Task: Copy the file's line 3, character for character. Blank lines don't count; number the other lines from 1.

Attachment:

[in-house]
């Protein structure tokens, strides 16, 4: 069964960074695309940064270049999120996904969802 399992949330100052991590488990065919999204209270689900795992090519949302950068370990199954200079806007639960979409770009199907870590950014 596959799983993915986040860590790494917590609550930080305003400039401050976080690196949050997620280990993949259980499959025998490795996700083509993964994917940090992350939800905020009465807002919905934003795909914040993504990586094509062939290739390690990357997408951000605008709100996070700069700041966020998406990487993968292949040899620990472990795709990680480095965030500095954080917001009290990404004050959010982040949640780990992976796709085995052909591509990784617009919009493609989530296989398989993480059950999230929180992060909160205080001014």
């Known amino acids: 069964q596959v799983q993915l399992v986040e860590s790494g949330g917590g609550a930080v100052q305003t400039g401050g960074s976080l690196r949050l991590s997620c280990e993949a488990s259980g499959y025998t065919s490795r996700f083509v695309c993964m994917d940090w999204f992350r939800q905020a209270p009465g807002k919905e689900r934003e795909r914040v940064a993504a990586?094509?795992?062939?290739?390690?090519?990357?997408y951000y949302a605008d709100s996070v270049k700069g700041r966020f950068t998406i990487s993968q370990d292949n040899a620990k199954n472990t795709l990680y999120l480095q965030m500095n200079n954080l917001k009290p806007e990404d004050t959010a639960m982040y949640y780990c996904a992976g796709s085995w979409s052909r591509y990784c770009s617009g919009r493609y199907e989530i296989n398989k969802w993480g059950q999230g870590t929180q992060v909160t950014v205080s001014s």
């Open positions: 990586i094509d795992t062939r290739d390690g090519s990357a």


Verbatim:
């Known amino acids: 069964q596959v799983q993915l399992v986040e860590s790494g949330g917590g609550a930080v100052q305003t400039g401050g960074s976080l690196r949050l991590s997620c280990e993949a488990s259980g499959y025998t065919s490795r996700f083509v695309c993964m994917d940090w999204f992350r939800q905020a209270p009465g807002k919905e689900r934003e795909r914040v940064a993504a990586?094509?795992?062939?290739?390690?090519?990357?997408y951000y949302a605008d709100s996070v270049k700069g700041r966020f950068t998406i990487s993968q370990d292949n040899a620990k199954n472990t795709l990680y999120l480095q965030m500095n200079n954080l917001k009290p806007e990404d004050t959010a639960m982040y949640y780990c996904a992976g796709s085995w979409s052909r591509y990784c770009s617009g919009r493609y199907e989530i296989n398989k969802w993480g059950q999230g870590t929180q992060v909160t950014v205080s001014s």